Cosatu wants Cape Town public transport system declared a national disaster


The Congress of South African Trade Unions (Cosatu) has called on national government to declare the public transport system in Cape Town a national disaster.

Cosatu says the situation has deteriorated to the point where racial tensions have now escalated.

“The situation has manifested in the following ways in the Cape Flats areas, where the majority of commuters reside:

Taxi violence in all areas is out of control with shootings and killings being a daily occurrence. This is in part related to the allocation of routes and the bad management of the taxi system. Delft has been closed down due to the violence and conflict linked to the routes, with commuters being the latest victims. Taxi routes must be taken away from the taxi bosses and allocated to the taxi drivers, so a more equitable management structure is put in place. There is an urgent need for a dedicated police task force to quell the violence and a closure of the ranks until sustainable solutions are found.

The train system makes trains completely unreliable and a danger to people’s lives given the levels of overcrowding. The train service is also unreliable due to the under-investment of Metro Rail into the rail infrastructure. The communication at a variety of levels also misleads commuters in respect of the services that will be provided.

The busses are on a protracted strike due to the intransigence of the buss bosses who have delayed a settlement for a half a percent. Now they are denying the workers the back payment of the agreement reached, due to the greed of the bosses. There are no busses running for longer than 3 weeks and the situation has become desperate for people who depend on busses. The strike is leading to huge additional cost for workers, who have to pay inflated taxi prices, due to the absence of busses or trains.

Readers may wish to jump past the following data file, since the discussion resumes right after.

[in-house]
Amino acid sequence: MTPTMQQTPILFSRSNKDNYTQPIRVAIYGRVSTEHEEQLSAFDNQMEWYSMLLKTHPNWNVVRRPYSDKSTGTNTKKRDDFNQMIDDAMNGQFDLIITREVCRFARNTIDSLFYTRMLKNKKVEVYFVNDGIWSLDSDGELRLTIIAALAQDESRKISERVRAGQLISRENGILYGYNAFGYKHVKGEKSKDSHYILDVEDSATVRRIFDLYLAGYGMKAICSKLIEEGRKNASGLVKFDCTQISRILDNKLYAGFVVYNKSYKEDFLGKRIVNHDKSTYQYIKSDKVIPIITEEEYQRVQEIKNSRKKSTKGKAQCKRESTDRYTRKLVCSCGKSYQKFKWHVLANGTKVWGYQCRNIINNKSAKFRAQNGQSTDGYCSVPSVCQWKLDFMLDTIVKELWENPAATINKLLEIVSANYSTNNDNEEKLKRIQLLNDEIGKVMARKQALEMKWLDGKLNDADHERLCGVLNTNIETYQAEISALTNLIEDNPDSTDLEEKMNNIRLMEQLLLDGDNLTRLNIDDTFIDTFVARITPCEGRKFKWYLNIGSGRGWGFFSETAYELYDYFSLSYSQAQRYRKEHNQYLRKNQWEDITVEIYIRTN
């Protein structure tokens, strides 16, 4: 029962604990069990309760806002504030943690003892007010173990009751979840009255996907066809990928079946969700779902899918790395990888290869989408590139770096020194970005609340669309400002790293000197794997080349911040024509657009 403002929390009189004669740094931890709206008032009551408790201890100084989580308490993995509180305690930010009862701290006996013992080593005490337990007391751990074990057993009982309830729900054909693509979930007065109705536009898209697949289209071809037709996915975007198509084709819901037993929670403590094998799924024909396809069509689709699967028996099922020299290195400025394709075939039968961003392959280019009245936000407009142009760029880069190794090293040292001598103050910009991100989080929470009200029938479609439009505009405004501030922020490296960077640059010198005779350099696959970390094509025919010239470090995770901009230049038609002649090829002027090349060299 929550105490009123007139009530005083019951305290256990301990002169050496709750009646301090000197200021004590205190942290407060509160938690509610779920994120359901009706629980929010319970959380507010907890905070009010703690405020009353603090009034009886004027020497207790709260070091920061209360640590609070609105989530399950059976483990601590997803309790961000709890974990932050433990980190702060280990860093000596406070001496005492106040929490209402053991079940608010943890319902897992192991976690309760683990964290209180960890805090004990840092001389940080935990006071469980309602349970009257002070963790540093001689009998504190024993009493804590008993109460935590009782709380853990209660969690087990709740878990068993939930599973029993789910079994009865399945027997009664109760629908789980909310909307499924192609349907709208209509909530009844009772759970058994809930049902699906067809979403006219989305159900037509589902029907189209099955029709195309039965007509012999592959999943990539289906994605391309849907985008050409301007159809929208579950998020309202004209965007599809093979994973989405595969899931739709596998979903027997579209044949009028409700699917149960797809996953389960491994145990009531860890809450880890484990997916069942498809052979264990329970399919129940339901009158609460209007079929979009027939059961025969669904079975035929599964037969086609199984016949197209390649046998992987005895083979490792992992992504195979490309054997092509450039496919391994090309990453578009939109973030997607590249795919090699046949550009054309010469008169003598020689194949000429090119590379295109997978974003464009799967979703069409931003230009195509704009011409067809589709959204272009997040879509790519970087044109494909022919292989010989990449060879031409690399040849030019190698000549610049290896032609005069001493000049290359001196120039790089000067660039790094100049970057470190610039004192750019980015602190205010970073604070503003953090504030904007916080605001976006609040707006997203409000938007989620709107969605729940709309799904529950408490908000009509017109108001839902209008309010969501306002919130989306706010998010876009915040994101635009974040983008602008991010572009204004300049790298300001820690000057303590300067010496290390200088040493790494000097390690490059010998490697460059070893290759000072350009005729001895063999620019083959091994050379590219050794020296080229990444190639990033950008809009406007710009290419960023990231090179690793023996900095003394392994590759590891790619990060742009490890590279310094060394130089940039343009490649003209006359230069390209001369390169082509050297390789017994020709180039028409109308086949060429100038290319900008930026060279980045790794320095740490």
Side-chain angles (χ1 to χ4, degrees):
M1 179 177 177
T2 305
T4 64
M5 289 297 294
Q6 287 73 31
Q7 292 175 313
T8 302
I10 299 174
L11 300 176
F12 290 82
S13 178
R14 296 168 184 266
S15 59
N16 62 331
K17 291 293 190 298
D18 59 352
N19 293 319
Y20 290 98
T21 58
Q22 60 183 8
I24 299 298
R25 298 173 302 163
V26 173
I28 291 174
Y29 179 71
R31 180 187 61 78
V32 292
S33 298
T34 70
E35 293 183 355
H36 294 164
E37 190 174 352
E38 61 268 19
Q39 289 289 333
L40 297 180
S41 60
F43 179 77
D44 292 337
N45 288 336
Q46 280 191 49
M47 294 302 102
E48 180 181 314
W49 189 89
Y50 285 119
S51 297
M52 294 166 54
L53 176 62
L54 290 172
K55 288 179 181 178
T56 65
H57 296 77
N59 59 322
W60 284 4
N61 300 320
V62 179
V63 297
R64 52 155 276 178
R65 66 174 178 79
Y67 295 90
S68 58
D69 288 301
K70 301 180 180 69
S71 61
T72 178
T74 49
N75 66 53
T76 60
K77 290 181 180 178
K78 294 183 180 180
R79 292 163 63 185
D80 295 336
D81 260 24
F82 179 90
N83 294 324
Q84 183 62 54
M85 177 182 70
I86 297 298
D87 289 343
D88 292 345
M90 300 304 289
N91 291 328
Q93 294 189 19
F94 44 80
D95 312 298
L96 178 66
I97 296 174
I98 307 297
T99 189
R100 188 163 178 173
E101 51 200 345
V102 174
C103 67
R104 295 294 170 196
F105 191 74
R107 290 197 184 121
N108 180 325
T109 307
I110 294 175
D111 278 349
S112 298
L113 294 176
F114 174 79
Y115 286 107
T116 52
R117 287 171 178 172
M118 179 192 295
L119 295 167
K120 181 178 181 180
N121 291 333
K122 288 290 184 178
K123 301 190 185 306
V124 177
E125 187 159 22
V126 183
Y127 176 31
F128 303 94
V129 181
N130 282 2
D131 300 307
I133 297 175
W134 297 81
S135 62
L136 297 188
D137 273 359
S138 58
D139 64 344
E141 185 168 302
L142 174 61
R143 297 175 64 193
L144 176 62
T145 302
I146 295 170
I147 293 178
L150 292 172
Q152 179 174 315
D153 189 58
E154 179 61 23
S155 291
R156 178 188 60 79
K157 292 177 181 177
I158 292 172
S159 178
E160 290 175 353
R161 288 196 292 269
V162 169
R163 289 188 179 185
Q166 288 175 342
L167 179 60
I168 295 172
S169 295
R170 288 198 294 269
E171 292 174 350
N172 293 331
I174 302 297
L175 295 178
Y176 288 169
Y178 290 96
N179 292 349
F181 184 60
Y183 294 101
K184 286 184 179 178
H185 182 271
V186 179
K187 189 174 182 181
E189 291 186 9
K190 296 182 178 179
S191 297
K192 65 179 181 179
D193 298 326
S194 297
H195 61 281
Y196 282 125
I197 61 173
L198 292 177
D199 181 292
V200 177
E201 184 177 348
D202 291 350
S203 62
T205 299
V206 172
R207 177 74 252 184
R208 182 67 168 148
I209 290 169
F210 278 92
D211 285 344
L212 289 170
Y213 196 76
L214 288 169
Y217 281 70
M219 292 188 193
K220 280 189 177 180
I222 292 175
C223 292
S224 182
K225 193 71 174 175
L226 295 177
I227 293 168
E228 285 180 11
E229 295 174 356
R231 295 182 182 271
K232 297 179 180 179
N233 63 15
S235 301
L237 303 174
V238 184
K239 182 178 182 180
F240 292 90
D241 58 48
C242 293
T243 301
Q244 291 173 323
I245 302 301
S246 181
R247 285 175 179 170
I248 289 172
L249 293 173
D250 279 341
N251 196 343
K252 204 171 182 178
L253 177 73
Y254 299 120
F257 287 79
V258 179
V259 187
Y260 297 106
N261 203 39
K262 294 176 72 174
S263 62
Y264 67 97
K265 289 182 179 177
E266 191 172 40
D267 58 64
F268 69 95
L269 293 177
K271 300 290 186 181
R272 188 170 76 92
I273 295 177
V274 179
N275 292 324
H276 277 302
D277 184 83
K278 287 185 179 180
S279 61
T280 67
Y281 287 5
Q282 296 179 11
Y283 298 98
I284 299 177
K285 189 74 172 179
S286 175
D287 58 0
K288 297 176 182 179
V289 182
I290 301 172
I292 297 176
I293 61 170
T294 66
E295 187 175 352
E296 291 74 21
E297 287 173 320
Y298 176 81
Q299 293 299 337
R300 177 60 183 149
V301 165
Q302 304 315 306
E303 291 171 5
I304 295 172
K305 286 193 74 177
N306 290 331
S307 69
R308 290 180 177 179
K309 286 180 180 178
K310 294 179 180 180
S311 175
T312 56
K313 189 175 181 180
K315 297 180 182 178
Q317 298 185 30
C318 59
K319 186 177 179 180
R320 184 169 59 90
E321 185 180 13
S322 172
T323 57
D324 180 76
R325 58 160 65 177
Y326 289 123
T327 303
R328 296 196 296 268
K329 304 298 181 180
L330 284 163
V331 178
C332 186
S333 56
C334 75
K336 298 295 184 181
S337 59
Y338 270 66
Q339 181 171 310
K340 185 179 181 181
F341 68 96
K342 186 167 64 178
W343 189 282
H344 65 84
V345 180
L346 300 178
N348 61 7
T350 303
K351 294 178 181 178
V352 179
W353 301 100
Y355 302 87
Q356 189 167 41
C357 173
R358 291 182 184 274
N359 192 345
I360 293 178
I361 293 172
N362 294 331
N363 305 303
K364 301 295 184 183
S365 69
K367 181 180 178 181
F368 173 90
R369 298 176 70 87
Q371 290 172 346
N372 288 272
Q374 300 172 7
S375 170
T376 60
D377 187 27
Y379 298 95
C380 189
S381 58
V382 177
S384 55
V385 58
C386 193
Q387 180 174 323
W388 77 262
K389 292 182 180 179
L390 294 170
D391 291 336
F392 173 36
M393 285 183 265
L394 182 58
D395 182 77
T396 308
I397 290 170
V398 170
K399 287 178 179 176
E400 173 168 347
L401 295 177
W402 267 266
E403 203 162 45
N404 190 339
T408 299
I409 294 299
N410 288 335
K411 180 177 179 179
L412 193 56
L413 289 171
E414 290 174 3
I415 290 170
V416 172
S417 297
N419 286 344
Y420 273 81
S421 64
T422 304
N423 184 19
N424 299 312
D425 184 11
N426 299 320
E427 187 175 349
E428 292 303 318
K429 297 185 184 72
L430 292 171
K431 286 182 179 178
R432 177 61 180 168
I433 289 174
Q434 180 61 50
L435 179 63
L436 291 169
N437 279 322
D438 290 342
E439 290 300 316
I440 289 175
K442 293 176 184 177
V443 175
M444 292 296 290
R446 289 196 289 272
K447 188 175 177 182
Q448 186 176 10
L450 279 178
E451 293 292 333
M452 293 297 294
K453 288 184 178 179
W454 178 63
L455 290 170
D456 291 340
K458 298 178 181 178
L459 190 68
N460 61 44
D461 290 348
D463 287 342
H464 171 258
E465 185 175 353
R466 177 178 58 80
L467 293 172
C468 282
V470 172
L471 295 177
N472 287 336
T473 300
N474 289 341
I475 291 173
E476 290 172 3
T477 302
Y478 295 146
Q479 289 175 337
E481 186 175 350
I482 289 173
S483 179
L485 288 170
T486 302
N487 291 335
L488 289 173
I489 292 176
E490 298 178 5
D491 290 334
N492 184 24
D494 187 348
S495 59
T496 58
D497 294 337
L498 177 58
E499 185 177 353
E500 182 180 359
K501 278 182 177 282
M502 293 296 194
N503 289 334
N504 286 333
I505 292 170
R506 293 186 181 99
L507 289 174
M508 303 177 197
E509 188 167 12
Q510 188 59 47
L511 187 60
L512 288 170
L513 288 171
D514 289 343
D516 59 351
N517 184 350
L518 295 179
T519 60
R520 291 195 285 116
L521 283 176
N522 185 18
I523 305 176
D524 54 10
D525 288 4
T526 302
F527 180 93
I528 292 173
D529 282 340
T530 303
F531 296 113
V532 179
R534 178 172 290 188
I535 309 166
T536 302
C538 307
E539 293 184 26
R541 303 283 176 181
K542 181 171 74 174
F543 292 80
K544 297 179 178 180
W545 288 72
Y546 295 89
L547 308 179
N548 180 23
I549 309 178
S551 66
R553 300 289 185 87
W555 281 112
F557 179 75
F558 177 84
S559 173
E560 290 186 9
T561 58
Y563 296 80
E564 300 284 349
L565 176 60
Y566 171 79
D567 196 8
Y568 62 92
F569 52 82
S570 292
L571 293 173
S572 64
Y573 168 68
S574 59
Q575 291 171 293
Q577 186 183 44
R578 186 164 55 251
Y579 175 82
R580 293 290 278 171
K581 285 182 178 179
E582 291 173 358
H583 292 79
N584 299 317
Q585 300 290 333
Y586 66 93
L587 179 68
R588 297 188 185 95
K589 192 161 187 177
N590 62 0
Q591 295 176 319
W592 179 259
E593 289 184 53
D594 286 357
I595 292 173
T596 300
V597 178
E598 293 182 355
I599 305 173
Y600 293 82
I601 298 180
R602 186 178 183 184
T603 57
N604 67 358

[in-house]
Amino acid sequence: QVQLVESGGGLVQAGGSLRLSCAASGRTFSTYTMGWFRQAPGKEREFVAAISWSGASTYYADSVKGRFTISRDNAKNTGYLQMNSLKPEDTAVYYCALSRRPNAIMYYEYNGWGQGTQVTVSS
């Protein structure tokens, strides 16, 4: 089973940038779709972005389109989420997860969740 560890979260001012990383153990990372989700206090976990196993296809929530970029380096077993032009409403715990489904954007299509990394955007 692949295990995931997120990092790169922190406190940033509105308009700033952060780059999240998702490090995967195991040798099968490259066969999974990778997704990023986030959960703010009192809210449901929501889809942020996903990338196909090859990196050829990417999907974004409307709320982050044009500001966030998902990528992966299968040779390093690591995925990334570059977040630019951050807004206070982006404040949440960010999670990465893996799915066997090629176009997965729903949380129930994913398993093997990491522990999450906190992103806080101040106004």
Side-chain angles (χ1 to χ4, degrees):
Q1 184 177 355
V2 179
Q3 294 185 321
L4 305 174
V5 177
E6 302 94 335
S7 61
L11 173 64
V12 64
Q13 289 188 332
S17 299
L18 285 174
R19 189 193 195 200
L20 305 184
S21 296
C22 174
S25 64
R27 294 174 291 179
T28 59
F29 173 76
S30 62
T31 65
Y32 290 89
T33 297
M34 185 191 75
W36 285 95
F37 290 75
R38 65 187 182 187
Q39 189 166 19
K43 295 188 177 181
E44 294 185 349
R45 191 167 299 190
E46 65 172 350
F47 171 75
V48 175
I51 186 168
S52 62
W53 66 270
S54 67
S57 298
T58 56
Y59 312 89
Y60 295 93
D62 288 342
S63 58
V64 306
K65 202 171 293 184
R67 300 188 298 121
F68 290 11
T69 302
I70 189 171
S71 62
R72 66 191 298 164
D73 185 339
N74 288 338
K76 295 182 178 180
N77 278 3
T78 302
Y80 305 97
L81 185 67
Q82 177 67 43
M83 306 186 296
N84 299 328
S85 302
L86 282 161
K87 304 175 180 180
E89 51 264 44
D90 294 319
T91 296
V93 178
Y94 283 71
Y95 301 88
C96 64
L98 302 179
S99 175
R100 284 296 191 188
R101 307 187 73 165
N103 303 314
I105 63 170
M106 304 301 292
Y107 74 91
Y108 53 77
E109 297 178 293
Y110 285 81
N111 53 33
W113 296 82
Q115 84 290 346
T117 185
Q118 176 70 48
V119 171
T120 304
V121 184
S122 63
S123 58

The road system is the most congested in South Africa due to the mismanagement of the DA, in road infrastructure. So commuters have to be stuck in traffic jams for up to 3 hours on the average trip on the Cape Flats. When protest affects the functionality of the roads, then the conflict between road users and protesters often leads to violence,” a statement issued by Cosatu on Monday said.

Cosatu Provincial Secretary, Tony Ehrenreich called on national government to intervene urgently to address the different aspects of the crisis, which “has now lead to a perfect storm in the transport crisis, facing Cape Town Commuters”.

Ehrenreich added that the government in the Western Cape and institutions tasked with managing transport situations have been “largely absent and completely quiet”.

He called on employers to show their workers “extreme leniency” as they navigate the difficult transport situation.